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How to Use Colors in a Spreadsheet

Colors are awesome. Colors add personality. Colors bring about life and vitality. And colors are just plain fun!

Plus, colors can make your spreadsheets that much better! The only question is – how?

Less is More

I know. I know. I just opened up this article by discussing how wonderful colors are, and now I’m about to tell you that less is more. It doesn’t make any sense at all. Or does it?

When it comes to using colors within your spreadsheet, there is definitely a point when too much color is simply too much. If everything is highlighted with some crazy color, then all we really end up with is a psychedelic mess.

There are certainly some rare occasions where this is what you want, but most of the time, it’s better to tone things down.

The thing about color is that it is easy to recognize, and it really grabs our attention.

The problem is that if everything is calling for our attention at once, we will have no idea where to focus.

This is why it’s important to take care of using just the right amount of color. Add color to the things that really matter. Add color to accentuate the important details. Add enough color to make a statement but not so much that you’re shouting at your audience.

All this to say – color is powerful, and sometimes too much power is not a good thing. But the right amount of power can really drive an important point home.

From Bright to Highlight

The intensity or brightness of the color we use can sometimes be just as important as the amount of color we decided to include. This follows along the same lines as before.

If we use a small amount of color, but all of the colors we use are bright, then we are still shouting in the eyes of those facing the screen.

Bright and intense color captures the attention more than any other. If you really need to guide someone’s focus to something, you make it bright.

That’s why all of those road workers wear either neon orange or neon yellow. It draws your attention to them so that you won’t hit them with your car.

These same principles apply to spreadsheet.

If there is a certain number or a certain calculation that you want to be sure to see, then by all means, fill that cell with a bright and intense font and color.

Single Highlighted Cell

However, the important thing to remember is not to overdo it.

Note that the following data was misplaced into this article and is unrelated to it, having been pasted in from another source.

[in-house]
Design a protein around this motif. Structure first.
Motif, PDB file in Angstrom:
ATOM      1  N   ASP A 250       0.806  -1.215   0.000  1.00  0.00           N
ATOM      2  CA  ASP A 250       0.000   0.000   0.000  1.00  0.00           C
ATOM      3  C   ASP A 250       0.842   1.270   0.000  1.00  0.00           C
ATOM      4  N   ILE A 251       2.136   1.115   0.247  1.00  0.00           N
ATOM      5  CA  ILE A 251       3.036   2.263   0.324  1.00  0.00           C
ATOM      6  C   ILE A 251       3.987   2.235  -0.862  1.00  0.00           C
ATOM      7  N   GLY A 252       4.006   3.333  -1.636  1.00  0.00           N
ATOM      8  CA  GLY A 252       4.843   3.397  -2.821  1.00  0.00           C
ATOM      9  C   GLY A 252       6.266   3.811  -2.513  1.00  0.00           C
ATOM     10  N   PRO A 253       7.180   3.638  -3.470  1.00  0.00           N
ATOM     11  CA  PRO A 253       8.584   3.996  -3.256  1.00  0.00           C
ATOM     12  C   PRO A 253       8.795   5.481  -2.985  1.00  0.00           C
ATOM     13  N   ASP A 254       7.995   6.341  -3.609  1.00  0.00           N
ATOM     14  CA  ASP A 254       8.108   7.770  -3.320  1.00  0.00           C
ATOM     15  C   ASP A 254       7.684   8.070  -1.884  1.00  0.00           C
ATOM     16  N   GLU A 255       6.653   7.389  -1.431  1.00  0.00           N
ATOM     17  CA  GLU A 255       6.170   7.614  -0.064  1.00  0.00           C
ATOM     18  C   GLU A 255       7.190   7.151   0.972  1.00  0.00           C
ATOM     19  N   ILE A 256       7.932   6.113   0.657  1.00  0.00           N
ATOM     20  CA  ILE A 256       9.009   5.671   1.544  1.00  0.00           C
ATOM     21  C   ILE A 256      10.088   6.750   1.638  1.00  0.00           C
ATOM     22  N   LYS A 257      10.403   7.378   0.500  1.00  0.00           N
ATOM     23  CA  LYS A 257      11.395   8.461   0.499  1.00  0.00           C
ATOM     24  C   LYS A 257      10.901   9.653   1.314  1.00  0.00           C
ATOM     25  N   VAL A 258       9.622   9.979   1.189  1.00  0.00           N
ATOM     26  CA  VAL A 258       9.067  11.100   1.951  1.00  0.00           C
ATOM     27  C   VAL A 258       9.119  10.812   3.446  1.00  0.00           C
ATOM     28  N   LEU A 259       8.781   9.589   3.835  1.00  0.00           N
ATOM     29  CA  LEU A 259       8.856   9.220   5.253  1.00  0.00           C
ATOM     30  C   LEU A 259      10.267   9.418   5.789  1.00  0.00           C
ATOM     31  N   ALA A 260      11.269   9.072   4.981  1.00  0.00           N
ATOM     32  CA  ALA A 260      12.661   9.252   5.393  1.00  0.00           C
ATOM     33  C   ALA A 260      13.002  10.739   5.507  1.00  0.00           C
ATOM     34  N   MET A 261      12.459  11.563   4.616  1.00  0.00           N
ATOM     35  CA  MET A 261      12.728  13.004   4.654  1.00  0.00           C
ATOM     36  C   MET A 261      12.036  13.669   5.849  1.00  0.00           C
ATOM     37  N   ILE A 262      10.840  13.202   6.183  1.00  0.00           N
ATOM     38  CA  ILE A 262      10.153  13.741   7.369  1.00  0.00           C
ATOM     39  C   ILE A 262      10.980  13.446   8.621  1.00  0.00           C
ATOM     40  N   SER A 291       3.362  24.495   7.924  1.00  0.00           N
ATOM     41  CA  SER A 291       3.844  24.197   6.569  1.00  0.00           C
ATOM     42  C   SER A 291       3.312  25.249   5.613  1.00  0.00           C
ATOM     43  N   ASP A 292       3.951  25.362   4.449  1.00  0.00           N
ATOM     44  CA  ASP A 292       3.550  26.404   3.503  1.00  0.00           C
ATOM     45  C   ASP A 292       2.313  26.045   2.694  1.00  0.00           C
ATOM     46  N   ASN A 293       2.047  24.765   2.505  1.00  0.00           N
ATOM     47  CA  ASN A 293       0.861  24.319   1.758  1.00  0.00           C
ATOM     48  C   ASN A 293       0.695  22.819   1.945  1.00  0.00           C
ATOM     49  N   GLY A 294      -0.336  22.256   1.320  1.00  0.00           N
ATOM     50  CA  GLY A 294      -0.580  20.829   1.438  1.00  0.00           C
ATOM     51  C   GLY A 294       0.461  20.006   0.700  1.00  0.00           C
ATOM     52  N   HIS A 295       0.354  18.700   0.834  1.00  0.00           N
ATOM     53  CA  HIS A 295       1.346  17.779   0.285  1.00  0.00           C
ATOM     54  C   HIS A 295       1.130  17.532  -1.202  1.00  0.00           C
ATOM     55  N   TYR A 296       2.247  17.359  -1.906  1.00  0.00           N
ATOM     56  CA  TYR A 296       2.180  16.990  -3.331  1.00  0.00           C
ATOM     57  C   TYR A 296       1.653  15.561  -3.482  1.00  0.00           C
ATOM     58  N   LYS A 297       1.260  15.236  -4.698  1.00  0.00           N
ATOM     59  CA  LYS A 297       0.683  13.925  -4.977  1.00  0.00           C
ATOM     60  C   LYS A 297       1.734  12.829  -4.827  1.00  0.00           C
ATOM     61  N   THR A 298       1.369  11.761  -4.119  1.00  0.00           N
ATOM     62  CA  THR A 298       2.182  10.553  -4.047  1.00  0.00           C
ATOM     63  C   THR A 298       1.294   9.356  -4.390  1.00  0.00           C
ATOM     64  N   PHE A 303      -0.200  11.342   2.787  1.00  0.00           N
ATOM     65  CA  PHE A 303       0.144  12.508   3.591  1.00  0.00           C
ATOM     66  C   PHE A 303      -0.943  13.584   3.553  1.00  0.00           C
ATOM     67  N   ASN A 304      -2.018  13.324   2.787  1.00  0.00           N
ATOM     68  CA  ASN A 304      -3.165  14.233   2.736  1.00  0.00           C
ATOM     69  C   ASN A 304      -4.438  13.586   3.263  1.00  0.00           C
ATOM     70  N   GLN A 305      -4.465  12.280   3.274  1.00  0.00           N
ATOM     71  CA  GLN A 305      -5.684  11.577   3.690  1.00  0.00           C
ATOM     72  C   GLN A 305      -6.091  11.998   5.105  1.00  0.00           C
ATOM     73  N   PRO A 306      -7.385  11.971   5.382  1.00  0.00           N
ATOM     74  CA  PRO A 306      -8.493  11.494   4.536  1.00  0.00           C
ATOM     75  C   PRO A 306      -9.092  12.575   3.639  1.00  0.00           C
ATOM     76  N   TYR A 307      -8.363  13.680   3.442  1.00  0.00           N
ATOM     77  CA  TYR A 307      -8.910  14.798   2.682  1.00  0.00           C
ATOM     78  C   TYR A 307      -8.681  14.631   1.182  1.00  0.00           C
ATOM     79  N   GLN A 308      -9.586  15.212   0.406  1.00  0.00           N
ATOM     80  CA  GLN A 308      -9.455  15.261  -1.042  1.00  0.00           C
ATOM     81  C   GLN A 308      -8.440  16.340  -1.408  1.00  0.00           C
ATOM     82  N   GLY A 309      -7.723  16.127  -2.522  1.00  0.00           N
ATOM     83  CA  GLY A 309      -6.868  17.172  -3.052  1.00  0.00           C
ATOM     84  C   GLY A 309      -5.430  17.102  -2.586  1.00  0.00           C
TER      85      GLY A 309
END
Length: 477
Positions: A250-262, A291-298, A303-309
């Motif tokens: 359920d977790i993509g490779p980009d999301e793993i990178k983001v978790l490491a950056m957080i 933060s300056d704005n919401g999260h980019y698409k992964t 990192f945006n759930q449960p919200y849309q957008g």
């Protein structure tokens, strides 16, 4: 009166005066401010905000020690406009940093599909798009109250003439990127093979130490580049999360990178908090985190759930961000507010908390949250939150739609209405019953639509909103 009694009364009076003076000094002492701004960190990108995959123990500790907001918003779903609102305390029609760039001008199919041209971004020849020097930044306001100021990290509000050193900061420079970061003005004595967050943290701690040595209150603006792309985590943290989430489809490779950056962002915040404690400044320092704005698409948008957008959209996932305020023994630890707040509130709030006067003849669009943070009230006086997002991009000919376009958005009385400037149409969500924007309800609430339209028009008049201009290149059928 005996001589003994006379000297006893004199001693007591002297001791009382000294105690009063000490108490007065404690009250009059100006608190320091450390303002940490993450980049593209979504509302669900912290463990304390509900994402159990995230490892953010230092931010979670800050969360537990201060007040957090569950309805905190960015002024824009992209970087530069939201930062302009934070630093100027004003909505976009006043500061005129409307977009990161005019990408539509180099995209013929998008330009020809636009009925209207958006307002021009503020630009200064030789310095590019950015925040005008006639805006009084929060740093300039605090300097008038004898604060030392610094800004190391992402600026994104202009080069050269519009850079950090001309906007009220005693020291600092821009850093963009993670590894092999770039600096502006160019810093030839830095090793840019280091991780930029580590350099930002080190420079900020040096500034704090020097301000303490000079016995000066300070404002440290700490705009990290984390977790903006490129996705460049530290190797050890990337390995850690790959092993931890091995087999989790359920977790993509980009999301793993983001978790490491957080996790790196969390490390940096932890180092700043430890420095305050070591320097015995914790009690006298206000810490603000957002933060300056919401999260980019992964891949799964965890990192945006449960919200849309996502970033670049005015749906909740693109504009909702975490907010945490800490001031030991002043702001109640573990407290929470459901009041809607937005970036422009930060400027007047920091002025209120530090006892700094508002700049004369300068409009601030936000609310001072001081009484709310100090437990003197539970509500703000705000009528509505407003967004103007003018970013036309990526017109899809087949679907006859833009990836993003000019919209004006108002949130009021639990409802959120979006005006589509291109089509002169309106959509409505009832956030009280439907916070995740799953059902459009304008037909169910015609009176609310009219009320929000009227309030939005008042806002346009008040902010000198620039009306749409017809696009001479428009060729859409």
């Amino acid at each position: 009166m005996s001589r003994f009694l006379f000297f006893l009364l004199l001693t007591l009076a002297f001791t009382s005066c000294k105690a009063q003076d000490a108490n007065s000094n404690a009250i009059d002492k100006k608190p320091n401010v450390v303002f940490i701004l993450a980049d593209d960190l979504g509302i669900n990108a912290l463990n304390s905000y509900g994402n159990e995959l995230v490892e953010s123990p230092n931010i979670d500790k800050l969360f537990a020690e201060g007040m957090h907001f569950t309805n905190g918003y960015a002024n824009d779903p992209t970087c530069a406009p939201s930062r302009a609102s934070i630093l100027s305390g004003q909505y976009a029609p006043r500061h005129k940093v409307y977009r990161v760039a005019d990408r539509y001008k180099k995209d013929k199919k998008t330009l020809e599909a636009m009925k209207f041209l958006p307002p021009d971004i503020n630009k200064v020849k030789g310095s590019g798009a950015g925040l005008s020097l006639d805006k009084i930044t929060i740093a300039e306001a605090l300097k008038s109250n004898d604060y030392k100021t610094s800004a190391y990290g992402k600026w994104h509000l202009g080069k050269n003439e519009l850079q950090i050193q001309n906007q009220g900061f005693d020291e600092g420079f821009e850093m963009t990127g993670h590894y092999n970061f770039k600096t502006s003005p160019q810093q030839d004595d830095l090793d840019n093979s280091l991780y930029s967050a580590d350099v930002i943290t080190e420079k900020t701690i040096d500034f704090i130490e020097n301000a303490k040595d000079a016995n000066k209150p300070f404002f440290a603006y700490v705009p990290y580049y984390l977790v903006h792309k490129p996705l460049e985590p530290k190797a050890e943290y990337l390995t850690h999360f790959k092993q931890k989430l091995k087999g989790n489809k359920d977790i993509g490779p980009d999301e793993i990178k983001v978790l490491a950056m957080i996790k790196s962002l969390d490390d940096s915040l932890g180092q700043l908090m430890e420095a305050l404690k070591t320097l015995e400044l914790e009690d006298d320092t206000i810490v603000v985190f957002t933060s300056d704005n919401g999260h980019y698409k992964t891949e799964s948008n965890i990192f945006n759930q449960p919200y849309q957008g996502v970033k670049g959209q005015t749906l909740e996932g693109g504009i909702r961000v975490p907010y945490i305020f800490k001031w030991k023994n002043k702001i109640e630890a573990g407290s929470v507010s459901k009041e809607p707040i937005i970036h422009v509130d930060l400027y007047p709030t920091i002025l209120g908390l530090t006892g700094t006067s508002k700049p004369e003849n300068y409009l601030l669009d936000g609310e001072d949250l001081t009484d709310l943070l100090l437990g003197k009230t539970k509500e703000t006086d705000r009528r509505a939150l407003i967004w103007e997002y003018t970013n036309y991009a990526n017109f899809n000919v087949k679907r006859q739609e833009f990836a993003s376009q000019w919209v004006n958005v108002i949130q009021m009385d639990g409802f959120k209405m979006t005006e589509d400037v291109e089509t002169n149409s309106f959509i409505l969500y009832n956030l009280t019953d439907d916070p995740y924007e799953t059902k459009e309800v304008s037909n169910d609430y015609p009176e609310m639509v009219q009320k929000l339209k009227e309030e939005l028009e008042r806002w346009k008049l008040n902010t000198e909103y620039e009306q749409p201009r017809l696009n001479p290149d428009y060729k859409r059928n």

If you make everything bright and if you make everything intense, then what’s really important will become lost in everything else.

Multiple Highlighted Cells

Color Your Tabs

Now that we’ve discussed the importance of amount and intensity, we can move on to talking about more spreadsheet specific uses for color itself.

Those tabs you have at the bottom of your spreadsheet make it easy to jump from worksheet to worksheet. The only problem is that it can become tedious to navigate through these tabs when you have too many of them.

This is where color can help you focus on what’s most important.

Take advantage of the fact that color grabs your attention and add it to the tabs that are the most used or the most important. This will make it easy for you to pick out what tab you need just in the nick of time.

Colored Sheet Tabs

Grasp the Big Picture

When you’re looking at a densely populated spreadsheet (a spreadsheet with way too many numbers or pieces of information), it can be hard to get a grasp of the big picture or to see what’s really going on.

This is a great scenario in which color can really help.

Most spreadsheets have a feature known as “Conditional Formatting.” This is basically a feature that allows different cells to apply different types of fonts or colors to cells that meet a specific criteria or set of rules.

Excel Ribbon | Add Conditional Formatting

In our case, we can use conditional formatting with our dense spreadsheet to identify only those cells that need our attention.

In this way, we can take a bird’s eye view of our entire spreadsheet and immediately identify which parts of it need our focus. The best part is that we are able to do this without having to go row by row, cell by cell, to figure out what’s most urgent or important.

Conditional Formatting Example

Facts vs Formulas

Have you ever faced the problem where you’re looking at a spreadsheet and trying to figure out which cells are calculated and which cells simply contain text or numbers?

To handle this issue, I recommend a simple yet clever use of color.

Simply color the cells that contain formulas a different color than everything else. Add in a light blue or light purple for instance.

Colored Cell With Formula

By adding a subtle splash of color in this way, we can immediately identify which cells are producing a result and which cells can be changed freely without destroying formulas that were previously built.

Although a simple solution, this can save you from making many mistakes down the line.

As you can see, color is powerful and can be extremely useful.

Add a bit of color to really make your spreadsheet stand out, but don’t add too much to the point where you can’t bear to look at it in the first place.

Color is a wonderful thing, and if you can use it wisely, you can create a true digital masterpiece.

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